Granted, many investors find that real estate investments become a headache and time-consuming. They resort to the famous and apparently often “clogged toilet” scenario and dread getting that phone call early in the A.M. Yet, these same investors will spend weeks, months, and even years hunting for that stock or initial public offering (IPO) that will make them the next Bill Gates or Warren Buffet. After all, if you would have bought 100 shares at the original offering price in 1986, it would have had nine stock splits and bloomed into 28,800 shares being worth close to 3 million dollars today. But then again, a quick look at the history of AOL, as a once-promising future now is irrelevant. Further, many companies due to the strangle of laws, e.g. the Sarbanes-Oxley Act, and other financial constraints. These companies are not choosing to go public and seeking out private investors. Even some are buying its stock back and removing themselves from the stock market.

Rest assure, stock investing, if done professionally and wisely will indeed take a considerable amount of time, learning, and experience if you want to become profitable. Yet, even if you become profitable; it doesn’t necessarily mean that your return on investment is better than real estate investing. And it certainly doesn’t allow the control that investing in real estate allows.

For instance, as previously mentioned investing in stocks; you have no control over increasing the value of the stock. On the other hand, if you purchase real estate there are hundreds of ways to increase the property’s value, e.g. by painting the house, renovating a new kitchen or bathroom, changing out drapes or curtains, installing new windows, installing an alarm system, adding a swimming pool, adding a fence, paving the driveway, etc. By simply allowing the value of the property to increase you potentially increase your return on investment and most of the time immediately. If you purchase a rental property and increase the value of the property; the rental income will also go up. It is one to one punch, increase the value, increase the ROI. With stocks, it is just a matter of hoping for the best and hoping that the executive directors of the company know what they are doing. And you still have that possibility of the stock tanking or even worst turn into another Enron Scandal.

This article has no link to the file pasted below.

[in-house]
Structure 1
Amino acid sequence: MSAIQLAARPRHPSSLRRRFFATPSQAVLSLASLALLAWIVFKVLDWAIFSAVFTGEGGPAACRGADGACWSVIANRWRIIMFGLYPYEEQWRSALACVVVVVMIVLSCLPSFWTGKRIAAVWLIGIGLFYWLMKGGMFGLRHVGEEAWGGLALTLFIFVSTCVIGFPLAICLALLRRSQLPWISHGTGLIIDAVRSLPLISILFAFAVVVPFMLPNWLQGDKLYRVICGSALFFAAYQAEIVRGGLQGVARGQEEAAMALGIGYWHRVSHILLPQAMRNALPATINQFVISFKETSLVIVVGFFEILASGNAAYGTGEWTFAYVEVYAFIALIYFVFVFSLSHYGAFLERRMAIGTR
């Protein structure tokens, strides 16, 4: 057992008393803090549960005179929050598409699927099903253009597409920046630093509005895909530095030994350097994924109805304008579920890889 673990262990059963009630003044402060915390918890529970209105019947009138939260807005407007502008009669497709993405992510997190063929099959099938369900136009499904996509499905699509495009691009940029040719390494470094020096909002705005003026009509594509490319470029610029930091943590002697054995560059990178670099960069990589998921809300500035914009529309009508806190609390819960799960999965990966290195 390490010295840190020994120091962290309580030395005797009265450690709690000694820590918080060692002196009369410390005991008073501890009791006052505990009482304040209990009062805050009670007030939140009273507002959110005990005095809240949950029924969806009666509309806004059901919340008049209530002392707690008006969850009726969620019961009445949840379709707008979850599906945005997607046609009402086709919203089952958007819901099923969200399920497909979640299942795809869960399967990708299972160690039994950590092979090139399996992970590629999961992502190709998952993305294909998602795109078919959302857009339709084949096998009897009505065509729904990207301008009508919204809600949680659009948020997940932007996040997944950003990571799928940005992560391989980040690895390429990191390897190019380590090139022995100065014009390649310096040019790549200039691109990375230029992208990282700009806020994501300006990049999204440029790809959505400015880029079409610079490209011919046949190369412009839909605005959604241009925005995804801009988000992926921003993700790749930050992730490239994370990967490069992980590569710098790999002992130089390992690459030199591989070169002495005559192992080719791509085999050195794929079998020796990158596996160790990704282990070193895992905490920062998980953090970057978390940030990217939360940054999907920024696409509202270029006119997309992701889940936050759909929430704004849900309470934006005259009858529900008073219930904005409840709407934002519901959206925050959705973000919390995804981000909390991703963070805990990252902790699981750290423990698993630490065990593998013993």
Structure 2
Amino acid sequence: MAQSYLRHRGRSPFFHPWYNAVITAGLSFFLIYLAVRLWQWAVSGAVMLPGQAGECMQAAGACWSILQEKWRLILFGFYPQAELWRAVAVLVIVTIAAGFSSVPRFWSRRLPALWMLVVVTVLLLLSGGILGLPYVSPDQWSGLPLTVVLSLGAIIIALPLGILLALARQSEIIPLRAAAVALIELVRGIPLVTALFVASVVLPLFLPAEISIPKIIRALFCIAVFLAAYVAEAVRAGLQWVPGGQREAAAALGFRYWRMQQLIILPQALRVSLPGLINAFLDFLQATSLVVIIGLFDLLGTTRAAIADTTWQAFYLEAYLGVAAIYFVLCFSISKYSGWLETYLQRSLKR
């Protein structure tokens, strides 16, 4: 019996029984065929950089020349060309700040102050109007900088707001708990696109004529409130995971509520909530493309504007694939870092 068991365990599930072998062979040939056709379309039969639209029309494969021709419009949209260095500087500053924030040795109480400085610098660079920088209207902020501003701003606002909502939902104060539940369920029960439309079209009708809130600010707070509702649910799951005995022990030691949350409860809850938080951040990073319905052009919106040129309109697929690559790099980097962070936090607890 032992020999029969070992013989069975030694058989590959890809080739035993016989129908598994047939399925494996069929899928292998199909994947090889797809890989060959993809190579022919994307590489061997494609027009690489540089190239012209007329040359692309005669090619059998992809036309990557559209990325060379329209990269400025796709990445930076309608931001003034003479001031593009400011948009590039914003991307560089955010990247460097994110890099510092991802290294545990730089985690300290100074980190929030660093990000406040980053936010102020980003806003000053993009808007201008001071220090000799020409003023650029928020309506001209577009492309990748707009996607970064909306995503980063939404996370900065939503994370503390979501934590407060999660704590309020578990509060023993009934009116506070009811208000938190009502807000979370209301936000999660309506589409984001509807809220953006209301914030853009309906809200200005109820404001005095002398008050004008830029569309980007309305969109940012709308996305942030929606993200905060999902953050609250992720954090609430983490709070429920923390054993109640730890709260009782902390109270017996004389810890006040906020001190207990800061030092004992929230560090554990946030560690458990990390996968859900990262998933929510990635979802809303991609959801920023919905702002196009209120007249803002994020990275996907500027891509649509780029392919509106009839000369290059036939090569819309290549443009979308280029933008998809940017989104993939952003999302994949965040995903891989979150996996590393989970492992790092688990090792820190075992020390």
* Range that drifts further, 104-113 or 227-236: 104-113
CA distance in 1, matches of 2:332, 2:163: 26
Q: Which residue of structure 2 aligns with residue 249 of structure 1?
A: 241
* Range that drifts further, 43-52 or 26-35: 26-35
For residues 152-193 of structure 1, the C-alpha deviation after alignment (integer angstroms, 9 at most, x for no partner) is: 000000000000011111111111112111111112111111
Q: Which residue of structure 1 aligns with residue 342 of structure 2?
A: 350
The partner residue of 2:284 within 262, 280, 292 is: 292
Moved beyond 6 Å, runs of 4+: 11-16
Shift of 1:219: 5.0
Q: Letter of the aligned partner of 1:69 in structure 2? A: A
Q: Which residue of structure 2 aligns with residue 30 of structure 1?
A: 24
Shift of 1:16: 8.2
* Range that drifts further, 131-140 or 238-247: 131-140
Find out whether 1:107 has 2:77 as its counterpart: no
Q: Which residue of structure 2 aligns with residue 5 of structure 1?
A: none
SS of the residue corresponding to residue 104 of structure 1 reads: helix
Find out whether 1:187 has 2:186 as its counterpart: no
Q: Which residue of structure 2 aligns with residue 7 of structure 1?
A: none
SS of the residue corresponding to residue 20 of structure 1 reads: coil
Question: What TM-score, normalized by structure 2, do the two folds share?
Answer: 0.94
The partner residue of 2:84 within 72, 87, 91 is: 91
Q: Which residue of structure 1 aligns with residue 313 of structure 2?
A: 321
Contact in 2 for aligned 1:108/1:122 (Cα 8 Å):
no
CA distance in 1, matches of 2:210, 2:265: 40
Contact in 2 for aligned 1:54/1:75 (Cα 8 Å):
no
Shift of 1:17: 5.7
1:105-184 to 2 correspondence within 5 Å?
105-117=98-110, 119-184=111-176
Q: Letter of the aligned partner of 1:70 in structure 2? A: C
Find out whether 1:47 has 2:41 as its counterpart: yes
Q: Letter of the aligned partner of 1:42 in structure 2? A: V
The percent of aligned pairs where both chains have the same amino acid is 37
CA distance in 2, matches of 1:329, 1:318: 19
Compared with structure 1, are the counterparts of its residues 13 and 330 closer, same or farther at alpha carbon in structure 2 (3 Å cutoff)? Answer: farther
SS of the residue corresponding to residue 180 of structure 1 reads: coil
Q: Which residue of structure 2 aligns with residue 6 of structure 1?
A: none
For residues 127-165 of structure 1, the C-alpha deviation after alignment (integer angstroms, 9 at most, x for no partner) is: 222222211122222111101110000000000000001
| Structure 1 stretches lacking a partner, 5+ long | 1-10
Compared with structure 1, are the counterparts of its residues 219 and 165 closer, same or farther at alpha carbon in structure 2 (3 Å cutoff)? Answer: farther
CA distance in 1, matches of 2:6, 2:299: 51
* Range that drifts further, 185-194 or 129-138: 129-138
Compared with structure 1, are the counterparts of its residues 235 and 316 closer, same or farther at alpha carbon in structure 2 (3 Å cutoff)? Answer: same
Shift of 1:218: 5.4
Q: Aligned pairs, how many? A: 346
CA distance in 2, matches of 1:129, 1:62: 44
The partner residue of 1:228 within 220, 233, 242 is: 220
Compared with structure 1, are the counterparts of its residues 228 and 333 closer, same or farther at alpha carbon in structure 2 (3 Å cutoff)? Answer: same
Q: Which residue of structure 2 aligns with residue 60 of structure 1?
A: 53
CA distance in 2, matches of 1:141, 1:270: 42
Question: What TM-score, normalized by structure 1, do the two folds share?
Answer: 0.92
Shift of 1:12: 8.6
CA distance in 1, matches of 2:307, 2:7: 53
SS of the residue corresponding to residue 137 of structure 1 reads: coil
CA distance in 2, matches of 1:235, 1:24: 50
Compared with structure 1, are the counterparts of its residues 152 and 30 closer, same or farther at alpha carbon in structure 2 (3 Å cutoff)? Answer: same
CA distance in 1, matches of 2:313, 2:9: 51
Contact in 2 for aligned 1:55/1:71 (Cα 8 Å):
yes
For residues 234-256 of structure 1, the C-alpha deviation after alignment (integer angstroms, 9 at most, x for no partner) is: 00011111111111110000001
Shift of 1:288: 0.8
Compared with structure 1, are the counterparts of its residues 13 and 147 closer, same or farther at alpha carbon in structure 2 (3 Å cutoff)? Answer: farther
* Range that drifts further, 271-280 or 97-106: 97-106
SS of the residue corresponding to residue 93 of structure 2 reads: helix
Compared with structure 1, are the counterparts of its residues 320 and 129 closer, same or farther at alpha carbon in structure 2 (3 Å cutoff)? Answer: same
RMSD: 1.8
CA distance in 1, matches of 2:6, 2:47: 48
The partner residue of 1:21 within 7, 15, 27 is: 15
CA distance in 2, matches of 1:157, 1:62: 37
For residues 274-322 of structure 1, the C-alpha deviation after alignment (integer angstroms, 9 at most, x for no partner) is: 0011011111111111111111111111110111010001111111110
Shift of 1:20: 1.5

Rental Properties vs Stocks

The stock market is very volatile and depending on the stock and the level of risk it can be down or up. However, the S&P 500 can give an average annual dividend yield of 1.8 percent. Now compared to apartments and rental properties the average falls into the 6 percent to 10 percent range.

But for simplicity, let’s compare two investors, Tom and Bob. Both Tom and Bob will start out investing $1,000,000. Tom decides to focus on stocks; Bob decides on rental properties. Tom at the end of the year will receive an income of $18,000. Bob will receive (based on 6 percent) an income of $60,000.

However, even if Tom were able to reach 6 percent or even a higher return. Tom’s income will be taxed as ordinary income, whereas Bob’s will be taxed on business income. In other words, if Bob’s business entities are set up correctly; Bob could avoid much of his tax liability because he owns a business. And that is one of the beauties of investing in real estate compared to investing in stocks. Now mind you, the IRS does allow you to write-off capital loss if you lose money on stocks. But you are definitely not getting a return on investment and certainly not profitable.

Leverage; Real Estate vs Stocks

One huge advantage with real estate over stocks is the concept of leverage. Basically, leverage means that you use a small amount of cash to acquire real estate. Let’s break this down a bit, say, you want to purchase a $200,000 rental property that has a net operating income (NOI) of $20,000 per year. For you to leverage, that is, acquire and control this property (assuming a loan-to-value ratio of 90 percent), you can finance this rental property for $20,000 down and borrow $180,000. Your investment becomes only $20,000 and allows you to acquire a $200,000 rental property.

On the contrary, when you have $20,000 of cash to invest in the stock market, you can only buy $20,000 worth of stock. There’s no leveraging and no controlling when you buy stocks. There is a way to buy stocks on margin, but even so, it is limited and if the stocks go down in value. They can still make a “margin call,” basically making you pay the portion of the stock that tanked. But in most cases, $20,000 of cash will buy you only $20,000 in stock.